Step 5: obtaining data from Research Informatics Center
Once we have approval to proceed with releasing the data, we will work with you to verify that the data we supply you meets your research needs.
When does RIC require IRB involvement?
In broad, the answer is simple: if you are doing research, you must involve the IRB. No exceptions. Even if all you need for your research are counts from the cohort tool, you must go to the IRB and get a determination of non-human-subjects review prior to publication of results.
That being said, both the cohort tool and the chart review tool are available to researchers who have not yet launched their investigation. This is known formally as "support for preparatory to research activities", and we are delighted to be able to offer aggregate counts and descriptive statistics, either via the cohort tool or via custom queries to the clinical data warehouse, as well as anonymized data review cohorts, in support of this important early phase to research projects. However there are severe limitations placed on the use of this data: it can only be used to prepare for the formal launch of your research study (e.g. applying for funding).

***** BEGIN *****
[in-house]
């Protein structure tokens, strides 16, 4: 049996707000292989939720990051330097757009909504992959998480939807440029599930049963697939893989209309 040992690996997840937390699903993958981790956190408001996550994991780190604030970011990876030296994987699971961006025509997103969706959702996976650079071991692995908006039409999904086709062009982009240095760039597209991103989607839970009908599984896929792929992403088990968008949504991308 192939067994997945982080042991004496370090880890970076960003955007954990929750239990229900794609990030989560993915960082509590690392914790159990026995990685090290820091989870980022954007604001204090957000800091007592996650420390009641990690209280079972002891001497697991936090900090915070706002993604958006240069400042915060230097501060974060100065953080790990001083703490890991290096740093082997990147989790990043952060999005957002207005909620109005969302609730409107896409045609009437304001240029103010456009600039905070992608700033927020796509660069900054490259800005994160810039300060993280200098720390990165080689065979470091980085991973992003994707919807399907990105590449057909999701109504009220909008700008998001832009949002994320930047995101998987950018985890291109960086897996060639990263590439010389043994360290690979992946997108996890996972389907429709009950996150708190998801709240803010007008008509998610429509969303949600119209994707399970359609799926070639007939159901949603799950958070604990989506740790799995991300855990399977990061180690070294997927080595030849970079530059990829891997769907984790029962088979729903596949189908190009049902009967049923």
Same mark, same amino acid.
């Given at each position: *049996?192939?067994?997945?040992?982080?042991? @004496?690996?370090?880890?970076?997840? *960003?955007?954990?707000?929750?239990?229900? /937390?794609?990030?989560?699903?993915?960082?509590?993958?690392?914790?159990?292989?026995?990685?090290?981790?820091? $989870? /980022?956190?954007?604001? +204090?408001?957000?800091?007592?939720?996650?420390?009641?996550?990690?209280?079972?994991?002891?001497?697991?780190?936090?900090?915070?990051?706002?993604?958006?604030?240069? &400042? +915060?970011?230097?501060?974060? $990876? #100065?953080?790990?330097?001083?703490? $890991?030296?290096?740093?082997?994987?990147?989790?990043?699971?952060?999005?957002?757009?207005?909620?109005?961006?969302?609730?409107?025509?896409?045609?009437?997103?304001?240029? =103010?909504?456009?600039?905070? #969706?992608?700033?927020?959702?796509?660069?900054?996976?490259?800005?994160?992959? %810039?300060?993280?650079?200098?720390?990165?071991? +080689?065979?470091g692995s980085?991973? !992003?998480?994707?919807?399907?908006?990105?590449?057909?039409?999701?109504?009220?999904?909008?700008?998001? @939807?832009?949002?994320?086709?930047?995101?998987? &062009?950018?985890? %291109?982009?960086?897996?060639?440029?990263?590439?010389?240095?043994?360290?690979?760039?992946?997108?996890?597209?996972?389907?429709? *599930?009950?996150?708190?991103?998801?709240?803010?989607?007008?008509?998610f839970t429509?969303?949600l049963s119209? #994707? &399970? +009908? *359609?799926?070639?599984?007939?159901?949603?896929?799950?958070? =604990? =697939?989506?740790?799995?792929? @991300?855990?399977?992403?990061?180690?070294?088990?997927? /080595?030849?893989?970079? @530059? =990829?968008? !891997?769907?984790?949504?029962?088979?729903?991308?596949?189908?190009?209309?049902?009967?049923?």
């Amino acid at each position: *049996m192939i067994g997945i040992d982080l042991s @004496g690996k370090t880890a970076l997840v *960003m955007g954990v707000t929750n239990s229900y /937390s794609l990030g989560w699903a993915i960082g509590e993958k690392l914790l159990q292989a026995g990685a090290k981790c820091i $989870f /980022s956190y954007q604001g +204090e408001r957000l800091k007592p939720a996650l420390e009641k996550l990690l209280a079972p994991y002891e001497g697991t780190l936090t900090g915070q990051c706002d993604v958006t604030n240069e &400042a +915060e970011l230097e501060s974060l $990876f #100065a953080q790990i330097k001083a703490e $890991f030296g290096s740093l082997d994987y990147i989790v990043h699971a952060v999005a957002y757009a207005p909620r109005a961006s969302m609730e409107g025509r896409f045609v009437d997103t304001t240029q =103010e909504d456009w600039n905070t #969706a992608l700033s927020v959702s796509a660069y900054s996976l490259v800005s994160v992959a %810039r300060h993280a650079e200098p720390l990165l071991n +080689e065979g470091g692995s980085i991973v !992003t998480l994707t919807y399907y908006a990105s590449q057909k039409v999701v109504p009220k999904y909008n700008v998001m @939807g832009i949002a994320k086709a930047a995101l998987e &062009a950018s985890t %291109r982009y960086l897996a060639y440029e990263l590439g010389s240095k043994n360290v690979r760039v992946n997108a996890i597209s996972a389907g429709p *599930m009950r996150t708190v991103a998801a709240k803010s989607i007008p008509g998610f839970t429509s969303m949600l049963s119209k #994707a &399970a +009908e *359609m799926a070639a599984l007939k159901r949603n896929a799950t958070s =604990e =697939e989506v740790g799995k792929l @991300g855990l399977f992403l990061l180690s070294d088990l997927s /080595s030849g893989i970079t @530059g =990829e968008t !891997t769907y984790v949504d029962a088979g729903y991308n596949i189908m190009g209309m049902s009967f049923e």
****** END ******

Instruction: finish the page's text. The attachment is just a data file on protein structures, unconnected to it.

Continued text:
If you are thinking of publishing and don't yet have an IRB, you need to get one. Here is a quick guide on how to get started.
What are my options for obtaining data?
There are two basic modes for obtaining clinical data for research, chart review and data extraction. In chart review, we provide you with the URL to an online portal to the data suitable for manual review. In data extraction we supply you with a data set in the format of your choice, typically comma separated value text file suitable for loading into a statistical analysis tool such as SAS or R. Your choice of which option to pursue will typically be dictated by how the information you seek is represented: information in narrative form, e.g. in clinic notes and reports, is not generally amenable to data extraction and must be reviewed manually. If however you are interested in structured data such as lab values, billing codes, flow sheet data and the like, we can readily create a data extract for you. More information about these two options for obtaining data are available at https://med.stanford.edu/researchit/services/data-extraction.html and https://med.stanford.edu/researchit/tools/chart-review-tool.html